By 13 h, the SPG cover most of the CNS and begin to contact their neighbors (Fig. 1Ac). Epithelial closure is largely completed between 14.5 and 15.5 h (Fig. 1Ad). We define epithelial closure as cells establishing continuous cell contacts across their lateral membranes without visible gaps between them. Subsequently, the barrier forming SJs accumulate at the lateral membrane compartment, as visualized by an endogenous fusion of the SJ component neuroglian (Nrg) to GFP (Nrg::GFP; Fig. 1Ae), a faithful marker for SJ formation (Schwabe et al., 2005). Neighboring SPG form extensive membrane overlaps, thereby increasing the width of the lateral membrane compartment (Schwabe et al., 2005), and our ultrastructural analysis shows that SJ material accumulates as the membrane overlap increases (Fig. 1D), suggesting that the two processes are connected.
Finally, as SJs accumulate, insulation of the paracellular space improves rapidly, as shown by exclusion of a hydrophilic dye from the nervous system from 18.5 h onwards (Fig. 2C) (Schwabe et al., 2005), indicating that a functional BBB has been established.
Accessory cells often play an important role during the development and function of secondary epithelia, such as improving mechanical stability (Rugendorff et al., 1994; Tepass and Hartenstein, 1994). We and others have identified a second, distinct type of glia located at the CNS surface, named perineurial glia (PNG) (Fig. 1Aa; Fig. S1) (Ito et al., 1995; Stork et al., 2008). In the embryo, we define PNG as individual squamous cells that are located between the basal lamina and the SPG epithelium (Fig. S1). Repo-Gal4 drives expression in both SPG and PNG, but the two glial types are easily distinguished by location around the nerve chord and by morphology (Fig. S1; Fig. 1Ad). While PNG and SPG appear at the same time on the ventral nerve chord (VNC) surface, PNG nuclei are in different XY locations to SPG nuclei. PNG cells assume a triangular shape and are actin-rich, thus appearing brighter in our assay due to higher levels of moesin-GFP labeling, whereas the SPG assume a rectangular shape, contain less actin and therefore appear less bright (Fig. S1).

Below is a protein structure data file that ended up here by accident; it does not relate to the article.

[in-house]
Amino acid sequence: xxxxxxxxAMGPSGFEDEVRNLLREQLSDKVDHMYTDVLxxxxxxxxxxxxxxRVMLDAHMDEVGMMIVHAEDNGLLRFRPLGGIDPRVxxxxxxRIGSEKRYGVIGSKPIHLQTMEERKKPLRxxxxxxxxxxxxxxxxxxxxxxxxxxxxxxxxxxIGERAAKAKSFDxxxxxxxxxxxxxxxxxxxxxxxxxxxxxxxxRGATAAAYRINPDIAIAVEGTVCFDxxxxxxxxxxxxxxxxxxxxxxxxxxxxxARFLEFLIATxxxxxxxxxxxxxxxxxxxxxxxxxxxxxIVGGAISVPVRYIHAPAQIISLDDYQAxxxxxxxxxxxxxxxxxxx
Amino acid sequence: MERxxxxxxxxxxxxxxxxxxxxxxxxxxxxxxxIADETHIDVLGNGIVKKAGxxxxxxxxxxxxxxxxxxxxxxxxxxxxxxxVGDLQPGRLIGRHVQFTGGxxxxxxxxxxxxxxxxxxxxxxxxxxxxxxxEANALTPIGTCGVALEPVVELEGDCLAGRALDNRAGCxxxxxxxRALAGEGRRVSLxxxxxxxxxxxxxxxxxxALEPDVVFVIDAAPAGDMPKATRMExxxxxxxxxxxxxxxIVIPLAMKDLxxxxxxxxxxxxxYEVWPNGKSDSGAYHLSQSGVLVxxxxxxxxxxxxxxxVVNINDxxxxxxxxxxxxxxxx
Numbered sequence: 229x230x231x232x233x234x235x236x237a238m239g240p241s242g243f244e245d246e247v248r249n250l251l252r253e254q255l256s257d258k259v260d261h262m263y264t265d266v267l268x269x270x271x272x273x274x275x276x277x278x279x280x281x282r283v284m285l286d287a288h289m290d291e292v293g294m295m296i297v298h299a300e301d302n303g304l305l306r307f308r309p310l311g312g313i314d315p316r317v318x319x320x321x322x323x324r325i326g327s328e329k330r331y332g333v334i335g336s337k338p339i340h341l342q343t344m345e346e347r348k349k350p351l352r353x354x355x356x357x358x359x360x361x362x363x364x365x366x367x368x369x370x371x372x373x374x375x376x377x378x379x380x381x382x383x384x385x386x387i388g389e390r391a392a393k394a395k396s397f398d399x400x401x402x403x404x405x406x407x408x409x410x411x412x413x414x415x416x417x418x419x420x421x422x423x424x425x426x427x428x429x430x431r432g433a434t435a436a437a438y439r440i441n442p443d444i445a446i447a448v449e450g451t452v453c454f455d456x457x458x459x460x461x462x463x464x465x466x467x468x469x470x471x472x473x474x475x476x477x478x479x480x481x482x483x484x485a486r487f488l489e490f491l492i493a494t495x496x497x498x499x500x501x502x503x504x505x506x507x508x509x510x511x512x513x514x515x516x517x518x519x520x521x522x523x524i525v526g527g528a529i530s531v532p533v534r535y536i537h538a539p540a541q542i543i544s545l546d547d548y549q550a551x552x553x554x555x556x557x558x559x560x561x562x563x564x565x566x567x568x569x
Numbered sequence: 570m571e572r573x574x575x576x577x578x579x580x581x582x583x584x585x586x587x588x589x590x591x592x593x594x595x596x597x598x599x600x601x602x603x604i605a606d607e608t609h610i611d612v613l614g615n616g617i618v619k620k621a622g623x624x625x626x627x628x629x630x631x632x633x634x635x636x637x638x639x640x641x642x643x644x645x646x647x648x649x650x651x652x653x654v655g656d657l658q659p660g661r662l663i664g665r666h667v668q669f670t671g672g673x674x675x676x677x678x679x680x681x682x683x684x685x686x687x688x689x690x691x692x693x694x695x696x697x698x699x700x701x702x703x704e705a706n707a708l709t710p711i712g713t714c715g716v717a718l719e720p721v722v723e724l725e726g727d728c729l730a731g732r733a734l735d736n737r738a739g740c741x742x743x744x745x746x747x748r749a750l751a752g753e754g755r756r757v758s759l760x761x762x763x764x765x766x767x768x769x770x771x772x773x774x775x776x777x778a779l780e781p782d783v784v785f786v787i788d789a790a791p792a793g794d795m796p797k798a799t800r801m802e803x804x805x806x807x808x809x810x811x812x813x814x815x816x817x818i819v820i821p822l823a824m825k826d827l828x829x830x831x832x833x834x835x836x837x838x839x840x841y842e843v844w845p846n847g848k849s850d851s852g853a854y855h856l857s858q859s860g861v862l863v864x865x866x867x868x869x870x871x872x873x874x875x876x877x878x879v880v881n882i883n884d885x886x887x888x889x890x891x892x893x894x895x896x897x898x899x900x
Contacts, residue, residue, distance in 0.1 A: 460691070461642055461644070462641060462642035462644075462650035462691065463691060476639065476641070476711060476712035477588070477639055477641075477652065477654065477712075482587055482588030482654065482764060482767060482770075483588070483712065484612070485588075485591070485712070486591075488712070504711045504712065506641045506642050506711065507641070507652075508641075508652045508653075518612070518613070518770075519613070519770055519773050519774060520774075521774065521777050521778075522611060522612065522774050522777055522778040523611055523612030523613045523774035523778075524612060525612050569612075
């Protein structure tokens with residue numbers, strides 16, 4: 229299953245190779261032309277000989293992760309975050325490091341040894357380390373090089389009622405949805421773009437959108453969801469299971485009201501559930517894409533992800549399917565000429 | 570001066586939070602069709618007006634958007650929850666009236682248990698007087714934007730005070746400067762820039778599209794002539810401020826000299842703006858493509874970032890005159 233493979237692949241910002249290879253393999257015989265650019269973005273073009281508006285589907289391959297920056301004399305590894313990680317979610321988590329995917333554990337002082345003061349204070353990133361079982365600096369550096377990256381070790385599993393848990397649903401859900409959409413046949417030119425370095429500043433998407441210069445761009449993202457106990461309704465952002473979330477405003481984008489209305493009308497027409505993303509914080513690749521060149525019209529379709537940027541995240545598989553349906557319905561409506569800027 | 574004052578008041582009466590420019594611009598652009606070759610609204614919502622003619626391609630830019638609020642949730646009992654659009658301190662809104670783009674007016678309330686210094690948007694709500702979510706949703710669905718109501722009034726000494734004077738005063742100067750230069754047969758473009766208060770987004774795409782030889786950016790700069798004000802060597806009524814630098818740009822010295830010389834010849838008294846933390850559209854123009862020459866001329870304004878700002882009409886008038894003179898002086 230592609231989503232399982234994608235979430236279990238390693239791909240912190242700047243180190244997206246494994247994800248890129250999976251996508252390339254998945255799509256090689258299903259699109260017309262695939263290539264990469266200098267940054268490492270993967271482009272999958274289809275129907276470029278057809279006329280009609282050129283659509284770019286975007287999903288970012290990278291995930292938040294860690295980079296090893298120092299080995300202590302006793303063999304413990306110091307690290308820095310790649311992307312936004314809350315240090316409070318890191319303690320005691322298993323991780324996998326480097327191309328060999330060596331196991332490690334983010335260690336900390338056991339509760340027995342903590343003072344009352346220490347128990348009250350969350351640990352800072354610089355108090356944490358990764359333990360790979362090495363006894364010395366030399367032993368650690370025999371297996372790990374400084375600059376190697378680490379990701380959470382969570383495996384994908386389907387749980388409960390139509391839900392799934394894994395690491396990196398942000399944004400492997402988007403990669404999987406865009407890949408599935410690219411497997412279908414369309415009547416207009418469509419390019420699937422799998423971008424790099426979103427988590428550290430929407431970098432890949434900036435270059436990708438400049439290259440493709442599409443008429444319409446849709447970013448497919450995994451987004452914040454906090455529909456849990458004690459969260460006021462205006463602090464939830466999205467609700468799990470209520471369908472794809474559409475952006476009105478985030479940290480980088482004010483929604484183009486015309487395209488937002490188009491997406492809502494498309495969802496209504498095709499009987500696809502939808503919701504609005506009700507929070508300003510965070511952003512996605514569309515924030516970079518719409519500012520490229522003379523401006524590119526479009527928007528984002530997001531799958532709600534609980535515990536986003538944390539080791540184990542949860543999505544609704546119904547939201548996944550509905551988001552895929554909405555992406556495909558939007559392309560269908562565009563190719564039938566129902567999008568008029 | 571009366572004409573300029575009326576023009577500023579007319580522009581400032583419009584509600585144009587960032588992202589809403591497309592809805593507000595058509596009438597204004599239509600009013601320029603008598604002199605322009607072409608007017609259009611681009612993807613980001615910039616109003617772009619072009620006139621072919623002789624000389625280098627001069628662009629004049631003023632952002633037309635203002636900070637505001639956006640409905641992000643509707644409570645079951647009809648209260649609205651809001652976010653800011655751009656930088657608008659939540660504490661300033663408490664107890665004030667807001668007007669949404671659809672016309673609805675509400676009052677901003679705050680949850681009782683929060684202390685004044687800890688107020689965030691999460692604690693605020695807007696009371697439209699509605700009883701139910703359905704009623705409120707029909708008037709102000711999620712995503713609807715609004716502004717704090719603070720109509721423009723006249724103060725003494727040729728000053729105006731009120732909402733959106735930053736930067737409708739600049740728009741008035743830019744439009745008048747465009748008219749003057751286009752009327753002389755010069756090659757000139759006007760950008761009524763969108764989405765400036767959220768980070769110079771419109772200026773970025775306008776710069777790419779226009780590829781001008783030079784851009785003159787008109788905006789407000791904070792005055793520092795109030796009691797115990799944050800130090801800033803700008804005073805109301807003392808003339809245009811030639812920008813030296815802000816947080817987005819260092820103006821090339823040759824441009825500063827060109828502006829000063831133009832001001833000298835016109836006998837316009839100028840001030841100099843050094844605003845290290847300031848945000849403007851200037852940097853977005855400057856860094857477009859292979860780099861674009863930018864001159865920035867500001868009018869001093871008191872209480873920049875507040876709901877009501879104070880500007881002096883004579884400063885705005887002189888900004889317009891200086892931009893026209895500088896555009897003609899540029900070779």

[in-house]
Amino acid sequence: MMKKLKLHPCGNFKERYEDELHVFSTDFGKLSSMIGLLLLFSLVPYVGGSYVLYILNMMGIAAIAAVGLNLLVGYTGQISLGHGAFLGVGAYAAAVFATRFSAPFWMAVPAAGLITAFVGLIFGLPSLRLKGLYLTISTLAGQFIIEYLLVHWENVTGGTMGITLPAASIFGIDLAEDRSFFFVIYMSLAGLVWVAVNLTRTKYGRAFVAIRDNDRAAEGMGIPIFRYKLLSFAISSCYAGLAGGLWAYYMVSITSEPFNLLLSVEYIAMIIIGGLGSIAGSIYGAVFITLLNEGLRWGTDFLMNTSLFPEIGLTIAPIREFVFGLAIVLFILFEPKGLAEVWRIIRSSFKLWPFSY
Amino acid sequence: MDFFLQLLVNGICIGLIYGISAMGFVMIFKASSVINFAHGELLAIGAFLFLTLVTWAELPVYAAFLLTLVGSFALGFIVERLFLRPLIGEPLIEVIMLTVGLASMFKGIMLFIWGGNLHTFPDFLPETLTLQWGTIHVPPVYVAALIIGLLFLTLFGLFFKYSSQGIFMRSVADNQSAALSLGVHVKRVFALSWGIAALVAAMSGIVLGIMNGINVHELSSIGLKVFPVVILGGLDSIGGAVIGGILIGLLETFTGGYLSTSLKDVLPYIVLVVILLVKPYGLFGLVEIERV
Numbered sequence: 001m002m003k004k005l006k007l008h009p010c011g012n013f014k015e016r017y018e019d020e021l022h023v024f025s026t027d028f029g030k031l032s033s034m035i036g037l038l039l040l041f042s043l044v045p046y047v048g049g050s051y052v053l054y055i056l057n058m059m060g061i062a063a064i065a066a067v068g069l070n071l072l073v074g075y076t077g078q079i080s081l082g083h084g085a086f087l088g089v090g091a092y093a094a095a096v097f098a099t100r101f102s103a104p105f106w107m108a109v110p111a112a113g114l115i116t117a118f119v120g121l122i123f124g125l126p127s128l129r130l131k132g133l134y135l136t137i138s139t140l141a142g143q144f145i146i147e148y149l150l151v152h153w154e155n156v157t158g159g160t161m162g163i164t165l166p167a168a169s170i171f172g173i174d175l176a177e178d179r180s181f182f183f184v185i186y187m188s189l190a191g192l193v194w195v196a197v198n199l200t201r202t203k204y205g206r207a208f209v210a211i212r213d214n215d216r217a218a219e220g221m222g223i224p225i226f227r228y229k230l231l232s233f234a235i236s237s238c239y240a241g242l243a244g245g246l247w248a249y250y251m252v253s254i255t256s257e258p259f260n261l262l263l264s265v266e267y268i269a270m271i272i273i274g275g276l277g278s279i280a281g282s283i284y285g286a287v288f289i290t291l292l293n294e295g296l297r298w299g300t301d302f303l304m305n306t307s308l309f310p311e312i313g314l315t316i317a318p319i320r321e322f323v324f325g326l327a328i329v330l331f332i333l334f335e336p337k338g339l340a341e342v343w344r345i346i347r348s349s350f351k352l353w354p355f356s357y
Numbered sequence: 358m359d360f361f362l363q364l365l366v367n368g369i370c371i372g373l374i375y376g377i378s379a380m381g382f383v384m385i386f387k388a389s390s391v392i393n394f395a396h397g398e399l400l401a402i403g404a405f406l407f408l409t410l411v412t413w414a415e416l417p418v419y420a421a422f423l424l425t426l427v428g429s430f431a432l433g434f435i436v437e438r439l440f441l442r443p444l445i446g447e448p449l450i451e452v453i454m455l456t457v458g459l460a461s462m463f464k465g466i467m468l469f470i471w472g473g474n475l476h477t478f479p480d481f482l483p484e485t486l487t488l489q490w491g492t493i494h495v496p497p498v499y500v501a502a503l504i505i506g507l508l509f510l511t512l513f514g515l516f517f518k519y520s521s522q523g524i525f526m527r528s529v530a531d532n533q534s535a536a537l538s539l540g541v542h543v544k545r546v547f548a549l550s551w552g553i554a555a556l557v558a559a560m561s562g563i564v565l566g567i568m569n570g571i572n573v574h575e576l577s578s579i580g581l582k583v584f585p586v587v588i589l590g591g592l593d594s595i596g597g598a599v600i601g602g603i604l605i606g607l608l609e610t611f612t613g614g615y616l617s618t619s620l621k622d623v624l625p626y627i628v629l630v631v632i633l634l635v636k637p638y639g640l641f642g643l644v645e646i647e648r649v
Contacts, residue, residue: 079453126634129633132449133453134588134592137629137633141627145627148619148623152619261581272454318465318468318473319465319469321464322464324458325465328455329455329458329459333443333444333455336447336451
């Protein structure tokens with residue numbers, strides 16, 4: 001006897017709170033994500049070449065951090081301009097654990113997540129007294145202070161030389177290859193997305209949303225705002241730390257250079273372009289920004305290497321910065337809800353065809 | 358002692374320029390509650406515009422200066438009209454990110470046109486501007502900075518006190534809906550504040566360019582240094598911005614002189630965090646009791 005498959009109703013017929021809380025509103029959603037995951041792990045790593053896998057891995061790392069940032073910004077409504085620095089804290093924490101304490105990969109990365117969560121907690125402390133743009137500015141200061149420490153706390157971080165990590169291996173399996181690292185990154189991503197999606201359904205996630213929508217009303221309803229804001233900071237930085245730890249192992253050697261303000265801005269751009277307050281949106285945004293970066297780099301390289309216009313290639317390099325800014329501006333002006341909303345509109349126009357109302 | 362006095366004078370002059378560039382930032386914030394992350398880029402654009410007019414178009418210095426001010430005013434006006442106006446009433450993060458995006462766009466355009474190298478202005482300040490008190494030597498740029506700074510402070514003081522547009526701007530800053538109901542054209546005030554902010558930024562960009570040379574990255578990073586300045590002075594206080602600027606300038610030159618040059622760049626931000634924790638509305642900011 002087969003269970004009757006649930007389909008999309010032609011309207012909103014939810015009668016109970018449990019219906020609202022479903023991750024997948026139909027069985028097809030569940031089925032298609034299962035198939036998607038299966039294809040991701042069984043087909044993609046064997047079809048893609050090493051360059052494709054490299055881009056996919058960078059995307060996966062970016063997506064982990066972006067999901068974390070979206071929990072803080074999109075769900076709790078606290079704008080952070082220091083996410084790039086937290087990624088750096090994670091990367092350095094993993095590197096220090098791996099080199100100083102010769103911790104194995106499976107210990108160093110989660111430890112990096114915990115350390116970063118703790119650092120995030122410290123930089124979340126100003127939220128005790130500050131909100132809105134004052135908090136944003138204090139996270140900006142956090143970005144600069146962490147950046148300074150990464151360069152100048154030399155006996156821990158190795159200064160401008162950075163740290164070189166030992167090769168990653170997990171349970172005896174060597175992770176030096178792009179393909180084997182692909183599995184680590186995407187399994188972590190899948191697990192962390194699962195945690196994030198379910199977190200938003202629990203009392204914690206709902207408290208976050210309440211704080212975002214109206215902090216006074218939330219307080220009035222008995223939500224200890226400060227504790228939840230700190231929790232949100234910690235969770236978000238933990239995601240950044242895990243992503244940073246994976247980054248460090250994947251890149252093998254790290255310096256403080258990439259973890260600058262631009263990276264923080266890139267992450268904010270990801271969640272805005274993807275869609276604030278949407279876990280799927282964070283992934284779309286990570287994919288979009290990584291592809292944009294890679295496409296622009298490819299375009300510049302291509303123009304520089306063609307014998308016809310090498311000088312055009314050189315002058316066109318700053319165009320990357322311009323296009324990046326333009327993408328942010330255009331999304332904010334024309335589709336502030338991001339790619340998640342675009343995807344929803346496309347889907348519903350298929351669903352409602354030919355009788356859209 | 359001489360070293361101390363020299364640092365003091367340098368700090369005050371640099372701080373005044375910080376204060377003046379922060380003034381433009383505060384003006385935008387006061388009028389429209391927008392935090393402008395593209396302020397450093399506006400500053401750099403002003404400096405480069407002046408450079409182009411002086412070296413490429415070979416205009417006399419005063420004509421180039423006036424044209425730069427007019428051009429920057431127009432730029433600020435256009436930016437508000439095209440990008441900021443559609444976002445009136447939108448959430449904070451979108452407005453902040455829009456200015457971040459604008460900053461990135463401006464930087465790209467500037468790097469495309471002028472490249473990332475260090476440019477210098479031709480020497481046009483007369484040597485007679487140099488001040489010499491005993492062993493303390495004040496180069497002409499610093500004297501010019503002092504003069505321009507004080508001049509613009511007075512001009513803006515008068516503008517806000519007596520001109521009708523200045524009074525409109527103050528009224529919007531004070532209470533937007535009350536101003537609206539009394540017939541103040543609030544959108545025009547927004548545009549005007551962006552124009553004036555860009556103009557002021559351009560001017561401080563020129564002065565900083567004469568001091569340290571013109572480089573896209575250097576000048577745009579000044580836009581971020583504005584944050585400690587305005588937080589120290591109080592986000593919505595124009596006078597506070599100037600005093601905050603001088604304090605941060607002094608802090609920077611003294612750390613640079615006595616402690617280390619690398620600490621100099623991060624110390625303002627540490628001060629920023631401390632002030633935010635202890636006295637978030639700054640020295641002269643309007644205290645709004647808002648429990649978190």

The lack of an early PNG-specific driver precluded an analysis of the specific function of the PNG during epithelium formation. However, our time-lapse images reveal frequent filopodial contacts between SPG and PNG, as well as stereotyped PNG positioning relative to the SPG, suggesting that PNG might serve as guideposts (Movie 1). During SPG epithelium formation PNG neither integrate into the SPG epithelium nor form a separate epithelium, but rather remain individual cells that sit atop the SPG, facing the basal lamina. They proliferate during larval growth to form a layer of cells located between the basal lamina and the SPG (Fig. S1) (Stork et al., 2008).